stature. The fact that the two agencies have P&G media business in a

number of markets, most crucially the US, made it an enticing prospect

all round. But it all fell apart in November last year. 'Conceptually it

was a very good thing but there were fundamental philosophical

differences in terms of organisation,' Bostock says.



Meaning people? 'No, it got down to people, but the first level of

disagreement was the philosophy, the structure of the operation,

particularly in the US. We pursued it from a buying perspective, through

TeleVest, and Leo Burnett pursued it from a planning perspective. In

their opinion, planning was the lead thing and all the other disciplines

served the planner.' Couldn't they see such differences coming? 'Yeah,'

he admits. 'One of the mistakes we made was to leave various things to

resolve in due course. We should have surfaced those issues right up

front.'



Bostock denies that the discussions veered towards a full

MacManus/Burnett merger: 'Er ... no ... they never got to any other

level ... they just never did. I understand the speculation and, had we

come together on the media front, we might have taken things

further.'



He says the experience taught him not to let momentum carry an idea

along.



It is a lesson he and the man he describes as his closest adviser, the

MacManus finance supremo, Craig Brown, will apply to future deals. 'The

MacManus group is really only Craig and me; I believe in a lean

organisation!' he laughs.



He also admits that the philosophical barriers that developed between

MacManus and Burnett do not exist with Grey - or, for that matter, with

other media organisations. 'We backed out of the arena when the Burnett

thing fell down,' he says. 'But we might reopen those discussions with

Grey.'



Bostock's opinions - 'London is a small market that thinks it's big',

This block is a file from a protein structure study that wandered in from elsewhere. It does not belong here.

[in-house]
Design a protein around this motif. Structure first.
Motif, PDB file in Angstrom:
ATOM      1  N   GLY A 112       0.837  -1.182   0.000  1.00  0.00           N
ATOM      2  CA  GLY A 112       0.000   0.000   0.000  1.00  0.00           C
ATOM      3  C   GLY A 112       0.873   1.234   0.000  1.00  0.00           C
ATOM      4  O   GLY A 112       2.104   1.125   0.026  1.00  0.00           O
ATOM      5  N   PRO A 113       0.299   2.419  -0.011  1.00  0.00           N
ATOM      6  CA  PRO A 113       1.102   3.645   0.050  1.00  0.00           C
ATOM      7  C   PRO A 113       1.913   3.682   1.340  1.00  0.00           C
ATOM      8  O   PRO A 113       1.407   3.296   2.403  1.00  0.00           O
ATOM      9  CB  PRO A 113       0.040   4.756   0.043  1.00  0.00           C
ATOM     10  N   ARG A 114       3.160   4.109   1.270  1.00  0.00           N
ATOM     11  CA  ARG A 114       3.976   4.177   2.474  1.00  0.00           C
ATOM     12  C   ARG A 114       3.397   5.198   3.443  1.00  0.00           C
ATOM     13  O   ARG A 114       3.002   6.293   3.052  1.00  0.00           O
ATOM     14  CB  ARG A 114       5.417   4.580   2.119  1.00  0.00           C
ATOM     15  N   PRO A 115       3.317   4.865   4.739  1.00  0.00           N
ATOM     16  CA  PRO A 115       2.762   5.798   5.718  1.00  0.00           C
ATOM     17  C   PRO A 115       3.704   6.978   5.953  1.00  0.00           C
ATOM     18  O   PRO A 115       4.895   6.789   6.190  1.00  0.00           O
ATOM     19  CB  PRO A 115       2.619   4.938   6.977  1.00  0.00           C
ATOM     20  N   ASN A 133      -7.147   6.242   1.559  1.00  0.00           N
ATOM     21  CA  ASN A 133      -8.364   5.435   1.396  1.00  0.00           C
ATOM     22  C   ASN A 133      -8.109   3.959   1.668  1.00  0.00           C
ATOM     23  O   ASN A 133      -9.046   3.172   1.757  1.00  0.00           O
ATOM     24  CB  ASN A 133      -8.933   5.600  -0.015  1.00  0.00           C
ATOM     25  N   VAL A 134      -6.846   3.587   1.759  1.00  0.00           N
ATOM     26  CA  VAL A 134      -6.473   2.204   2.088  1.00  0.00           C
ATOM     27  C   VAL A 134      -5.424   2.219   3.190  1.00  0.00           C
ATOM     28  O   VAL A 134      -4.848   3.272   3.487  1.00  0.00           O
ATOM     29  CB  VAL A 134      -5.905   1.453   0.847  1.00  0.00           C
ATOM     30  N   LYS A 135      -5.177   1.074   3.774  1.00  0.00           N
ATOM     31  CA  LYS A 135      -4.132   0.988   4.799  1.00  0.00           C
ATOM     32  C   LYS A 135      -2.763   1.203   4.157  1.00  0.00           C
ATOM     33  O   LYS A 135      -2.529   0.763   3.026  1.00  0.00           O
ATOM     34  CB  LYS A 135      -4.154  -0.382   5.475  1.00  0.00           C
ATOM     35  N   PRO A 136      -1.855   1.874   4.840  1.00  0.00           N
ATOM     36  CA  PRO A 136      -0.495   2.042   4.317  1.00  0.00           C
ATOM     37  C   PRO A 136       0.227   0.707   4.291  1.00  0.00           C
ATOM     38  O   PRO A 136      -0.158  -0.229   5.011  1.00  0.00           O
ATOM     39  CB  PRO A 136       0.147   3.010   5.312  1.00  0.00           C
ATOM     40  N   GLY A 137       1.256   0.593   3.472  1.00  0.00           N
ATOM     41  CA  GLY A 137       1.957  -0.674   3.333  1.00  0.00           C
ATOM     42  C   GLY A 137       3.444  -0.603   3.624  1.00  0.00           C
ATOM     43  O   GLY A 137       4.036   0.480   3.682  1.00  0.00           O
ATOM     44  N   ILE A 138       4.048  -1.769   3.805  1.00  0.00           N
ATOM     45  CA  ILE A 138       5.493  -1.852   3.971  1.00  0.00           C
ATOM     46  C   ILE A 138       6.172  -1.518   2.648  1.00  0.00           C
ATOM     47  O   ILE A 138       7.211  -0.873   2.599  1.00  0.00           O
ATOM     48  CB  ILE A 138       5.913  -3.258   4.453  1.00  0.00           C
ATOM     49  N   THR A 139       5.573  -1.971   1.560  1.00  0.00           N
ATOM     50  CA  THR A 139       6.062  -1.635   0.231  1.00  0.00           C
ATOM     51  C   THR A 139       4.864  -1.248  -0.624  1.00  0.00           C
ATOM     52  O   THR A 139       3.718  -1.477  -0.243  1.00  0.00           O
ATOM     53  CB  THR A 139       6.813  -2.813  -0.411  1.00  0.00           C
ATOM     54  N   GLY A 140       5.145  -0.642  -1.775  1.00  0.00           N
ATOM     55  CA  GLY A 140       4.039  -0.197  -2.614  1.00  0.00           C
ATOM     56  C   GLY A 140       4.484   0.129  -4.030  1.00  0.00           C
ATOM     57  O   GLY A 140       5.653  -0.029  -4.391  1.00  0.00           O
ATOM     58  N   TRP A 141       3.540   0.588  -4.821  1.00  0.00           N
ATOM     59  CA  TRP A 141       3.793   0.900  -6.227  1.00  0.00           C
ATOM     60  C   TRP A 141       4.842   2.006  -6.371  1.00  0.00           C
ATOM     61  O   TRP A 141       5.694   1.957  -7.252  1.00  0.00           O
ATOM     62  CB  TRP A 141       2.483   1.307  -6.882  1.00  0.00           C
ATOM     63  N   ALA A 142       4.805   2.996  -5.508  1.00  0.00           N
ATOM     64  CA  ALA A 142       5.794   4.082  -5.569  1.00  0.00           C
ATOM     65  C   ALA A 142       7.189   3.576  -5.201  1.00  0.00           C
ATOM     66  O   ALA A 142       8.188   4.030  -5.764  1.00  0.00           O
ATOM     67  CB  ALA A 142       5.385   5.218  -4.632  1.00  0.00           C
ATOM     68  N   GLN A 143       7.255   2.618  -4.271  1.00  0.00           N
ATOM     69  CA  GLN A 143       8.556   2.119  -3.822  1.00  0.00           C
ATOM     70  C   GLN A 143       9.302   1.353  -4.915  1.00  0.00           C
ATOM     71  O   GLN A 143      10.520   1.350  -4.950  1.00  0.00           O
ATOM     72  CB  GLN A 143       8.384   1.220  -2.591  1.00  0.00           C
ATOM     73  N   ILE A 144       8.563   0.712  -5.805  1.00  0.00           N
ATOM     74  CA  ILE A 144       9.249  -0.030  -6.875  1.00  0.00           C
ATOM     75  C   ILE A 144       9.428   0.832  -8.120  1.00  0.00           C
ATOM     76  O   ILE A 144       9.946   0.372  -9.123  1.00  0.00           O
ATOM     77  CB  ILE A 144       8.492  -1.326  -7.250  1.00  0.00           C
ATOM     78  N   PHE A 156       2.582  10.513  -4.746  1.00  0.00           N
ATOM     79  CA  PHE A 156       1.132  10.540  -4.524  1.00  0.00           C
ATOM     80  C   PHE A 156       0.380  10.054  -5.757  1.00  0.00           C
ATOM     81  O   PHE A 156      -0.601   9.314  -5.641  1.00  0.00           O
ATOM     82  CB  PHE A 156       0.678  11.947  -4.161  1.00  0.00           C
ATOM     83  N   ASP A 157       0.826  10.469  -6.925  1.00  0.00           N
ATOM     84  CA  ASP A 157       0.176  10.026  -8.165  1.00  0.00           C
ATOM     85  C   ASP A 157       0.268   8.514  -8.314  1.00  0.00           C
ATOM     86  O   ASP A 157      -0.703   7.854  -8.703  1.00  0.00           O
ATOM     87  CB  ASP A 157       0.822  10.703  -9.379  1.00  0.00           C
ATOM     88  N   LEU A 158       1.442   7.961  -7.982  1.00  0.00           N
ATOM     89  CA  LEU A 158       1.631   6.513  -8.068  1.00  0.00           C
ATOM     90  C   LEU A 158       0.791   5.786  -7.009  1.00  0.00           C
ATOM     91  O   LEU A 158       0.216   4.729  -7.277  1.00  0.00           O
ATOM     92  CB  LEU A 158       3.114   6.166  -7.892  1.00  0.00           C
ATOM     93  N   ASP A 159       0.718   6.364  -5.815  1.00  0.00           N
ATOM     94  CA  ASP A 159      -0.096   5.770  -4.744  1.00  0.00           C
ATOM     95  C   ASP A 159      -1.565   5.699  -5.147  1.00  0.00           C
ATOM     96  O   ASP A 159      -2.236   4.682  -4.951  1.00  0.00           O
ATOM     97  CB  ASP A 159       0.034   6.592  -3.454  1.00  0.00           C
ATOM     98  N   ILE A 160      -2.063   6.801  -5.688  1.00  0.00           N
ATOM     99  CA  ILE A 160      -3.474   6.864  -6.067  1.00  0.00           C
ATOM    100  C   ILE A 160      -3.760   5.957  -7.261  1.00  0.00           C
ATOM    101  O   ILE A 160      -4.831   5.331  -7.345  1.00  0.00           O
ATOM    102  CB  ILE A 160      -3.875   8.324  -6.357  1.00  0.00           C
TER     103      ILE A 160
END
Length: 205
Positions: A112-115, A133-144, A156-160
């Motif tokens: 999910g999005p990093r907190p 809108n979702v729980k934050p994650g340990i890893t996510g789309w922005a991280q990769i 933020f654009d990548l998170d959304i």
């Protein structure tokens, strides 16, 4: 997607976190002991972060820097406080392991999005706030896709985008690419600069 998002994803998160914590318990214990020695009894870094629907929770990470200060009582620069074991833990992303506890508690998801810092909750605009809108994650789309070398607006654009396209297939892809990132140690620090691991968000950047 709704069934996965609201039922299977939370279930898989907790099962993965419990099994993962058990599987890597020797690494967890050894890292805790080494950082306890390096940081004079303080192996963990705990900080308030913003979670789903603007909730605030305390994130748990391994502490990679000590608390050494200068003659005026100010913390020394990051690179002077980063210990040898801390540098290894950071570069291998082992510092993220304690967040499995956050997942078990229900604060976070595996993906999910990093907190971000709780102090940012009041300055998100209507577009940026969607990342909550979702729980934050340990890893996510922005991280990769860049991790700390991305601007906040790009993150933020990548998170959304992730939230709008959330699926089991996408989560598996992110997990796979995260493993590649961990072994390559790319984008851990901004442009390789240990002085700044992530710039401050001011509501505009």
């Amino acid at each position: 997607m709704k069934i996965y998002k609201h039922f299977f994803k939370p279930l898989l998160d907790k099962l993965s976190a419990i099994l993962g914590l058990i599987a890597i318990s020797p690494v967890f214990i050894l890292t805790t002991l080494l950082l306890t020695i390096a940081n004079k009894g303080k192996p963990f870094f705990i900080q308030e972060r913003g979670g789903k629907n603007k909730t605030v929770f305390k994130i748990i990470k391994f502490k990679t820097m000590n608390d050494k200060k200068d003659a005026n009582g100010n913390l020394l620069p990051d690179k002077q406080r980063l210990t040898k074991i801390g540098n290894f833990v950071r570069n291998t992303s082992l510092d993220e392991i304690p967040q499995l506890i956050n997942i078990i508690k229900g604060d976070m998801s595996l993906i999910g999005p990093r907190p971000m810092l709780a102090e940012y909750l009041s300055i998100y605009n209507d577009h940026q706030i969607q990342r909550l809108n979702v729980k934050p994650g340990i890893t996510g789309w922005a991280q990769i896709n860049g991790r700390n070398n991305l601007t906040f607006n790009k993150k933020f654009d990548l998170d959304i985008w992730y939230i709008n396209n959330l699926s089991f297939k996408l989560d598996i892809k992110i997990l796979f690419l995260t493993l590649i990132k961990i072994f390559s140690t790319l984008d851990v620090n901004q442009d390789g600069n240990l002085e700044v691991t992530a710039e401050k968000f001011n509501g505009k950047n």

'Brits can't get over the scale of the US market' etc - bear witness to

one of the charges that UK media players lay at the feet of their US

counterparts. Namely, that the US (total adspend dollars 201 billion)

has a backward, volume-driven view of media buying; that if everything

is all right in the US, the UK (total adspend pounds 14.3 billion) can

whistle for it. Bostock counters: 'You gotta understand that volume is

crucial in US negotiating, and the quality component depends on the

product you are advertising.' Some people would say it depends on the

market: 'I'm not sure I agree with that,' he says.



Bostock's take on the relaxation of P&G's conflict policy is that it

raises possibilities that weren't there before, but he argues that it's

simplistic to say that rapid consolidation will result. In any case, he

needs to serve up a better set of figures before entering MacManus into

any sort of deal, whether it be flotation, merger or sale.



'P&G's decision opens up additional avenues of consolidation for the

industry,' he says. 'But I think the speculation is far, far ahead of

the facts. We've been part of the speculation, with Interpublic, but

there have been no discussions between us.' Not even on media? 'Nope,

no, absolutely no discussions, period.'



In fact, Bostock sees few benefits in being absorbed by a larger group:

'What's more likely to happen is that some of the groups in the second

tier - ourselves, Grey, Publicis, Euro RSCG, Saatchis - will merge to